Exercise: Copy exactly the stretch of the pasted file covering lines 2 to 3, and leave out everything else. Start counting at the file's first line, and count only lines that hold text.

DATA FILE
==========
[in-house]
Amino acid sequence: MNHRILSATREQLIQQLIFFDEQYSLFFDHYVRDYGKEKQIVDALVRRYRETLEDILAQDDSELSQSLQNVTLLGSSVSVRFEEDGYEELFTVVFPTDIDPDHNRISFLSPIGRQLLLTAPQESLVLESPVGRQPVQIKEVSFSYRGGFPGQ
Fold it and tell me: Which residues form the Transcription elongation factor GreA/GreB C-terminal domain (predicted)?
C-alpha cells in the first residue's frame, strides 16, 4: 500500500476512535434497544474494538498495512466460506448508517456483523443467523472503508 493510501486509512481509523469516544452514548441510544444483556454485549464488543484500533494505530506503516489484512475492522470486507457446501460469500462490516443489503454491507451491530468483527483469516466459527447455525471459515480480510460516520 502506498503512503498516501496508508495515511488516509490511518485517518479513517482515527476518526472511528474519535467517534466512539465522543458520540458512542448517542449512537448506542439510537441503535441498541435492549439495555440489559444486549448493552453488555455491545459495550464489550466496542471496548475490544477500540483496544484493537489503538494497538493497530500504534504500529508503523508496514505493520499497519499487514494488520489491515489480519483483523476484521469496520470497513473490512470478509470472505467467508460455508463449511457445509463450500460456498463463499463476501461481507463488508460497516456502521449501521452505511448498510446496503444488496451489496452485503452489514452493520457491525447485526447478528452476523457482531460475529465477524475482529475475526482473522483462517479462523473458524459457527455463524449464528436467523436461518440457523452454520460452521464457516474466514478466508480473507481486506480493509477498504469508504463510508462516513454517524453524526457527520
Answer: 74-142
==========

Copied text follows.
Amino acid sequence: MNHRILSATREQLIQQLIFFDEQYSLFFDHYVRDYGKEKQIVDALVRRYRETLEDILAQDDSELSQSLQNVTLLGSSVSVRFEEDGYEELFTVVFPTDIDPDHNRISFLSPIGRQLLLTAPQESLVLESPVGRQPVQIKEVSFSYRGGFPGQ
Fold it and tell me: Which residues form the Transcription elongation factor GreA/GreB C-terminal domain (predicted)?